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Melle Kromhout

Biography:

I (Amsterdam, 1984) am Postdoctoral Research fellow at the University of Cambridge, Faculty of Music. As part of the ERC-funded project Sound and Materialism in the 19th Century, my project entitled ‘Infinite Oscillations. A Sonic History of Fourier Analysis and Sine Wave,’ deals with the development of the physical concepts of Fourier analysis and sine waves and their importance for the study of sound and music in the first half of the nineteenth century, as well as the defining role they played in the development of modern sonic and musical cultures.

Previously, I completed my PhD thesis Noise ResonanceTechnological Sound Reproduction and the Logic of Filtering at the Amsterdam School for Cultural Analysis, University of Amsterdam in 2017. It offers an extensive conceptual revaluation of the role of noise and distortion in sound and music. Based on a detailed media archaeological analysis of analogue and digital sound technologies, I show how the noise and distortion introduced by the operations of technical media has been fundamental for shaping the specific sound of music in the media age.

Besides teaching and publishing on music, sound, noise and popular culture (both academically and for wider audiences), I write, perform and record as a musician and occasionally work as artistic advisor or music dramaturg. Since 2012, I am also a member of the advisory committee for music theatre at the Dutch Performing Arts Fund.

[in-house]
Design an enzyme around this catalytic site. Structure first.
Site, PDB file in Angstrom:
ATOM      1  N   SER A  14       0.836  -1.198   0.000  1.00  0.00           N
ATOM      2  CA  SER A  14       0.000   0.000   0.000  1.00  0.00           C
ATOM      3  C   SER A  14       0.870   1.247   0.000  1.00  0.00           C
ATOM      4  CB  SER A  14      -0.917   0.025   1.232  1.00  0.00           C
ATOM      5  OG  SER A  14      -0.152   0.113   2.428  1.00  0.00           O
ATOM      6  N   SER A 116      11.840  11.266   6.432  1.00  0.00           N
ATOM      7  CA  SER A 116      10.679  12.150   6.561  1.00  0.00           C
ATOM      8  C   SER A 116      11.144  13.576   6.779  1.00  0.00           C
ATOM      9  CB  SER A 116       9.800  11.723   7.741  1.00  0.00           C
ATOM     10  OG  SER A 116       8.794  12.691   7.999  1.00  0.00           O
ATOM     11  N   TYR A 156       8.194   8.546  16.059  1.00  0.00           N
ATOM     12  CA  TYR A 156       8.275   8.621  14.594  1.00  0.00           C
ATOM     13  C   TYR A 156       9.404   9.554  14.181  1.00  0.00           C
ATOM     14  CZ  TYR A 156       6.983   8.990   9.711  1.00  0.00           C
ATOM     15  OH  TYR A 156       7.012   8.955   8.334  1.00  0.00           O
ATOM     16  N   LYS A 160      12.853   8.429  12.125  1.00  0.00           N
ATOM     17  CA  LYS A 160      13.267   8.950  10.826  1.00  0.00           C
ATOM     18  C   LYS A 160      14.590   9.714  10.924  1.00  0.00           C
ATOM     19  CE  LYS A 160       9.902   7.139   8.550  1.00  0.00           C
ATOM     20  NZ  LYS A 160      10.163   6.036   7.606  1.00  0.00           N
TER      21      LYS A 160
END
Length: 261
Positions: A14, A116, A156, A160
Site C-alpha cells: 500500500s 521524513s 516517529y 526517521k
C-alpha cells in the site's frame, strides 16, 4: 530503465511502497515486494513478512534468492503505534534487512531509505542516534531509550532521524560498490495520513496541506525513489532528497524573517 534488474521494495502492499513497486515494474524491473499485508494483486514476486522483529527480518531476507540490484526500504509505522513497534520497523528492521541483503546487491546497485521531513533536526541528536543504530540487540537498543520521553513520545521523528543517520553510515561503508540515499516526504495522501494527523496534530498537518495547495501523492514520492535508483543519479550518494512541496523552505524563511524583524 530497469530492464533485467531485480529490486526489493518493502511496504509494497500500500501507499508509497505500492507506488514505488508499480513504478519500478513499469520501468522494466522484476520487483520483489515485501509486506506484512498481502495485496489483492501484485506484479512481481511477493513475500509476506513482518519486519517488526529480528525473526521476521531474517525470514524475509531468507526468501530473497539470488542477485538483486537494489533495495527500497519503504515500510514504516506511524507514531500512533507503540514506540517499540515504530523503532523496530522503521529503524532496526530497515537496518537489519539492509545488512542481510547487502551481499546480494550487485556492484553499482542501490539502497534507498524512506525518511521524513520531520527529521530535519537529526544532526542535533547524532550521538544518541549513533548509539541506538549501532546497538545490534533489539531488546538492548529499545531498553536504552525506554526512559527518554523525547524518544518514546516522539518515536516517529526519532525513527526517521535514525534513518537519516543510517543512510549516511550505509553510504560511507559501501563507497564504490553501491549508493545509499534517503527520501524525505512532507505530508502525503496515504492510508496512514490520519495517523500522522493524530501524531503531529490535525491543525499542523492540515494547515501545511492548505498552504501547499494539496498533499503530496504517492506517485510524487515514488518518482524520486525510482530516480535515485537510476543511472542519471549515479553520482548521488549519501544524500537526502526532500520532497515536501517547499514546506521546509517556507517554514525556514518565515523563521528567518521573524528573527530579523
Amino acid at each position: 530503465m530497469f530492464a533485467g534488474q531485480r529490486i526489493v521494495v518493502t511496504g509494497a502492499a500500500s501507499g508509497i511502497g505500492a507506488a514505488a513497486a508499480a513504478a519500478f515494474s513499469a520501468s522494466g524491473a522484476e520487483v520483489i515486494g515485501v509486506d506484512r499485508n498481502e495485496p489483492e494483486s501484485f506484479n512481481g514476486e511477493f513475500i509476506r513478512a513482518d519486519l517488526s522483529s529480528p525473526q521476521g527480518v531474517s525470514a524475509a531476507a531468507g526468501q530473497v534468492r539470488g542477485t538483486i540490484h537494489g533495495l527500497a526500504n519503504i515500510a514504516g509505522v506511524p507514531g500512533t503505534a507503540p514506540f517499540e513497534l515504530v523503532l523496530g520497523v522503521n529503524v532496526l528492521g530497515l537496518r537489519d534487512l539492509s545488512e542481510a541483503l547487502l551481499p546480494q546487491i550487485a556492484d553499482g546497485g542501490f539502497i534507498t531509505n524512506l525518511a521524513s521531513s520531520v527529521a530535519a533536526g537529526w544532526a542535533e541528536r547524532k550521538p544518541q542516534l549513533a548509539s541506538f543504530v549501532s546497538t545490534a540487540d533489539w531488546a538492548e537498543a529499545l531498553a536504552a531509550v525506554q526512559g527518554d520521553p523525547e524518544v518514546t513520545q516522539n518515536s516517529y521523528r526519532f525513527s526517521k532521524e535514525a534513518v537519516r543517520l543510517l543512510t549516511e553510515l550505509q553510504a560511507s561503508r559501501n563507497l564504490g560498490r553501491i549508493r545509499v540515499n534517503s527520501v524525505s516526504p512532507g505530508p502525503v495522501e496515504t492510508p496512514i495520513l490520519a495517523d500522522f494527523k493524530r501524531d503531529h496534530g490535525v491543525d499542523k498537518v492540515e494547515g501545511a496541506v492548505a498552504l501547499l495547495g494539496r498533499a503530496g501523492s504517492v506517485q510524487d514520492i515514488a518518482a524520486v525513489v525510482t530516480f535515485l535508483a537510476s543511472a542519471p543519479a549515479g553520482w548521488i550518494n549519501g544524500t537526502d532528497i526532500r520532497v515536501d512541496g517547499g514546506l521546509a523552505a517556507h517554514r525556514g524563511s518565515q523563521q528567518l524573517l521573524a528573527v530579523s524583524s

[Foto by: Sara Morris]

Key Publications

Dissertation:

Noise Resonance. Technological Sound Recording and the Logic of Filtering. Dissertation, University of Amsterdam, 2017.

Journal articles:

"'The Exceptional Purity of Sound.' Noise Reduction Technology and the Inevitable Noise of Sound Recording. Journal of Sonic Studies, Volume 7, June 2014.

"As Distant and Close as Can Be. Lo-fi Recording: Site-specificity and (In)authenticity." Soundscapes, Journal on Media Culture, Volume 15, October 2012.

"'Over the Ruined Factory There’s a Funny Noise.' Throbbing Gristle and the Mediatized Roots of Noise in/as Music. Popular Music and Society, Vol. 34, No. 1, February 2011, pp. 23–34.

Book chapters:

"'Antennas Have Long Since Invaded Our Brains.' Listening to the ‘Other Music’ in Friedrich Kittler." In: Maas, Sander van (ed.). Thresholds of Listening. Sound, Technics, Space. New York: Fordham University Press, (2015): 89-104.

Reviews:

"Wolfgang Ernst. Sonic Time Machines: Explicit Sound, Sirenic Voices, and Implicit Sonicity." Journal of Sonic Studies, January 2017.

Other: 

"More Things in Theory Than Heaven and Earth Are Dreaming Of. A conversation with Geoffrey Winthrop-Young." Together with Peter McMurray for our 'Digital Passage' blog, December 2014.

“Sound Studies: A Discipline?” Review of the Sound Signatures Winter School, for the “Sounding Out!” Sound Studies blog, August 2014